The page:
Mathematical Sciences (MTHS)

The courses listed on this page are exclusive to the LPS BAAS degree and LPS Online certificates.

MTHS 1000 Mathematical Foundations for Data Analytics

This course provides an introduction to key topics that form the foundation for further study in mathematics, data analytics, and statistics. Topics covered include finite math, logic, algebra (including basics of matrix algebra) functions, probability, and a conceptual introduction to calculus. Through this course, students will develop both an understanding of the concept the ability to apply the concepts and techniques to analysis and problem-solving. Course format includes readings, lectures and demonstrations, and extensive hands-on practice with instructor and peer feedback.

1 Course Unit

MTHS 1010 Maths All Around

1 Course Unit

MTHS 2000 Mathematics All Around You

This course covers topics in logic, sets, probability, history and philosophy of mathematics, graph theory, game theory, geometry, and their relevance to contemporary science and society. This course requires the textbook Math in Society by David Lipman (2015), which is an open-access resource and can be acquired at no cost. The course also requires an online homework pack which can be purchased through the course Canvas site. Students can register for MTHS 2000 without completing MTHS 1000.

1 Course Unit

MTHS 2200 Introduction to Applied Statistics

In this introductory statistics course students will be familiarized with the fundamental techniques for using sample data to make inferences about populations. We will begin with developing the necessary probability framework and statistical intuition before moving to the specific procedures for statistical inferences from large and small samples, single and multiple linear regressions, and measuring correlation. We will examine real-world examples that illustrate the concepts and help students see how they apply to life and work situations.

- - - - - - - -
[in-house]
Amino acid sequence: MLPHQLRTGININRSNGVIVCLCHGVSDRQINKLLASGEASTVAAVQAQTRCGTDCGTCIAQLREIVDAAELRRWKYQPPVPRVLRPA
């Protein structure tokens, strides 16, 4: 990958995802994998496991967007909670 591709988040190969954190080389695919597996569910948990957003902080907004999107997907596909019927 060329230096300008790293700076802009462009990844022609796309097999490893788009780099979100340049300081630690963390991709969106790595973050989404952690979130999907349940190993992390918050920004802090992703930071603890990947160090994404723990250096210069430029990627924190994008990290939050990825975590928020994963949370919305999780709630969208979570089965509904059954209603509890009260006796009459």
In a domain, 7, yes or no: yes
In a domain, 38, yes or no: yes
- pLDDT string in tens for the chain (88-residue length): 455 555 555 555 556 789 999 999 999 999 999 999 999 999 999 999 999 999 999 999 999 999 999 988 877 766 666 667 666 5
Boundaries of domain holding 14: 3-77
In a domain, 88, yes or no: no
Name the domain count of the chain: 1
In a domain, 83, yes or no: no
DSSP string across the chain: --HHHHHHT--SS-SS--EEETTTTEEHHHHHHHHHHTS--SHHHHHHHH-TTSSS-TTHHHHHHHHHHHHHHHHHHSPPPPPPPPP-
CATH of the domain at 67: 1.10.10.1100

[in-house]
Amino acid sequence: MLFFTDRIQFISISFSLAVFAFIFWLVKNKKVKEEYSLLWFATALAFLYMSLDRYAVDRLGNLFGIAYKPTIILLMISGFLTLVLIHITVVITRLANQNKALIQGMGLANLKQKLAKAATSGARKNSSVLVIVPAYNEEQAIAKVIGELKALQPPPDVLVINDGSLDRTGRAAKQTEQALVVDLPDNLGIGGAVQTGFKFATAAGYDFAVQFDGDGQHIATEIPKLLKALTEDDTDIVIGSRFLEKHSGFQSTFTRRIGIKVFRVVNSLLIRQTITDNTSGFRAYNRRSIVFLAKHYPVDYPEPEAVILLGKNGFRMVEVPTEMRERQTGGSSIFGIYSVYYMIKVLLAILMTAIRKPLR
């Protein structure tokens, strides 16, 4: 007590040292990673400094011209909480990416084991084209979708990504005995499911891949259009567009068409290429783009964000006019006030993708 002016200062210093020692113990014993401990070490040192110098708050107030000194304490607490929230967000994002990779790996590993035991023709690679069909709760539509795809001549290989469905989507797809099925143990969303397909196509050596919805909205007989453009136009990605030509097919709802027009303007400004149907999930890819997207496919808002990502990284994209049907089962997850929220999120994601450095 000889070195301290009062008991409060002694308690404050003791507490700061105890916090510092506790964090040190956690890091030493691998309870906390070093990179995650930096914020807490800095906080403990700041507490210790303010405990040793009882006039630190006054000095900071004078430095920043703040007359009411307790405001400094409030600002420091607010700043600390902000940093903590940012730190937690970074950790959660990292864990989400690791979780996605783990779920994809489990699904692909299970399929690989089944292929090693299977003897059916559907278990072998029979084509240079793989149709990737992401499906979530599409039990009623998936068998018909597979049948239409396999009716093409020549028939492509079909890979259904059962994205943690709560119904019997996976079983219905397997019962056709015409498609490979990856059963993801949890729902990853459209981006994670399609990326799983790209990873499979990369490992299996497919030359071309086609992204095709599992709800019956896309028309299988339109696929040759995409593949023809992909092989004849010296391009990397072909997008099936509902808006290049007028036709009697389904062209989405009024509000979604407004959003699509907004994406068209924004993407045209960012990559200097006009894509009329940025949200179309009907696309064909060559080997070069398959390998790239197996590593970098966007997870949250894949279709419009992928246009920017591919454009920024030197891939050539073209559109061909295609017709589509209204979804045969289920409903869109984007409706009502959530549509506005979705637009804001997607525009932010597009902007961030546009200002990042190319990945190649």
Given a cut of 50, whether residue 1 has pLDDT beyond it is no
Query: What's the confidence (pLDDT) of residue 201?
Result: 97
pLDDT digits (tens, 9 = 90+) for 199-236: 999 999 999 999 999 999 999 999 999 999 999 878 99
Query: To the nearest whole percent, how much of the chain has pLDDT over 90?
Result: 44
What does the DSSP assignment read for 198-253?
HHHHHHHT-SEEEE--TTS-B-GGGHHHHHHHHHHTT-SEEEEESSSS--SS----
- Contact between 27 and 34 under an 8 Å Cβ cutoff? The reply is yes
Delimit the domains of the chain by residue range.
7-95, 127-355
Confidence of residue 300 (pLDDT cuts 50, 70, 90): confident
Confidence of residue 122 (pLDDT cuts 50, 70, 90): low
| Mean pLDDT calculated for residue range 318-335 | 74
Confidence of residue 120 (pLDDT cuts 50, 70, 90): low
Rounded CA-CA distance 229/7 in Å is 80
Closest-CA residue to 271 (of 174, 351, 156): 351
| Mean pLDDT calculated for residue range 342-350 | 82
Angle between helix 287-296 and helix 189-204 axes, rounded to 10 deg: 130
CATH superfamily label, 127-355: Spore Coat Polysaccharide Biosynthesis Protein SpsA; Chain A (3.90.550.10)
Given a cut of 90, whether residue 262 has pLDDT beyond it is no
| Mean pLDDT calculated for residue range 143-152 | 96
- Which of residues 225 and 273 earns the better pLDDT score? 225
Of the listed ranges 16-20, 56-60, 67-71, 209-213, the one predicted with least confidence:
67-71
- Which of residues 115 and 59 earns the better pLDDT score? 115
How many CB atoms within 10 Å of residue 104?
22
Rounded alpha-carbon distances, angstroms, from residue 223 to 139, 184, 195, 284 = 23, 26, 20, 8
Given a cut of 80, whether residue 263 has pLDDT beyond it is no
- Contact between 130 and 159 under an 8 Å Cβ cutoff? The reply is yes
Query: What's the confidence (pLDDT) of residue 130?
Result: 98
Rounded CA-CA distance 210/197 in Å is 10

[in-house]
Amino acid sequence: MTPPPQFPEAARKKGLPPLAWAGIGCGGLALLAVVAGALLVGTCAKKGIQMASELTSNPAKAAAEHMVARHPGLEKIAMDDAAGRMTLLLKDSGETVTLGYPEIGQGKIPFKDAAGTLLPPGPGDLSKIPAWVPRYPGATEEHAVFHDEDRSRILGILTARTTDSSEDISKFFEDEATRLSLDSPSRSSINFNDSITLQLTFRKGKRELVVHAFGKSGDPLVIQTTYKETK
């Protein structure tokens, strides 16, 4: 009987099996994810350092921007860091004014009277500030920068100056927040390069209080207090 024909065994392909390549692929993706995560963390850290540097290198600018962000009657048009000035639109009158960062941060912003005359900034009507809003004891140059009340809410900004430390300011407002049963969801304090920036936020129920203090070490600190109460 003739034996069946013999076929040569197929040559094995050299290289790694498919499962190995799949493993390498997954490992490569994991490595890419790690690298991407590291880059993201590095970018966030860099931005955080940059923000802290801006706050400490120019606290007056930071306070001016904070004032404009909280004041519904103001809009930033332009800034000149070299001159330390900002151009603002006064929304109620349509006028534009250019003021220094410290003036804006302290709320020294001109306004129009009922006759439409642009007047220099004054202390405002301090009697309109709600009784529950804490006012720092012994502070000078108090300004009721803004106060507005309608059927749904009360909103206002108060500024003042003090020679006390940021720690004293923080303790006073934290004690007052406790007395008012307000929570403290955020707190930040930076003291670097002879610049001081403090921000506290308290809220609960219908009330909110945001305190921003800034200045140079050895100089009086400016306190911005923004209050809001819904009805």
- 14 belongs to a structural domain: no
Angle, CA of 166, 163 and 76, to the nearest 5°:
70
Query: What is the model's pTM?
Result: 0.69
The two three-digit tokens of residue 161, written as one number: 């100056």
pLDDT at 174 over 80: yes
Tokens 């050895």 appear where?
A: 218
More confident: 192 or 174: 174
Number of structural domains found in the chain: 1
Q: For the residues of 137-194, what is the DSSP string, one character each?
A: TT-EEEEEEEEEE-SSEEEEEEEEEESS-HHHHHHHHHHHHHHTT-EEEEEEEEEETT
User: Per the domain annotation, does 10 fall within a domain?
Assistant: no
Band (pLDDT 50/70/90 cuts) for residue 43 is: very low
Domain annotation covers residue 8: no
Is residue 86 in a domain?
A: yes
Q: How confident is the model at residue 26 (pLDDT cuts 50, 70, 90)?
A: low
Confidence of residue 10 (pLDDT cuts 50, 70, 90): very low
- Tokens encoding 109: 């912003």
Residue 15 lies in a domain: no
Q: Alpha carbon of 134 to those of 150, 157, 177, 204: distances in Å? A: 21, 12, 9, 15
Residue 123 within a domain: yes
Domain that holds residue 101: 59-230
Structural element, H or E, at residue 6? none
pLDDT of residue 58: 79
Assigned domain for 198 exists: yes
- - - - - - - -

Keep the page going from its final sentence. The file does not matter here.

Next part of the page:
1 Course Unit

MTHS 3000 Linear Algebra

Understanding concepts from Linear Algebra is essential to serious study of many disciplines, ranging from physics and chemistry to economics and computer and data science, not to mention further study of higher mathematics. In this course, we'll be looking at both computational and theoretical aspects of linear algebra, as well as at a number of applications. The "basic stuff" of linear algebra comprises vector spaces and the linear mappings between them. These mappings are represented by matrices, and a lot of linear algebra is concerned with reducing the enormous amount of data contained in a matrix to a few salient numbers and properties. There aren't many prerequisites for the course other than basic high-school algebra and a willingness to stretch your mind around some awesome abstract concepts -- higher (than 3)-dimensional spaces, deducing things abstractly from basic principles, and learning how to interpret and exploit the deductions. It will be an exciting and fast-paced journey through topics such as Gaussian elimination, linear systems, linear transformations and their matrix representations, eigenvalues and eigenvectors, the singular-value decomposition and principal component analysis.

Fall or Spring

1 Course Unit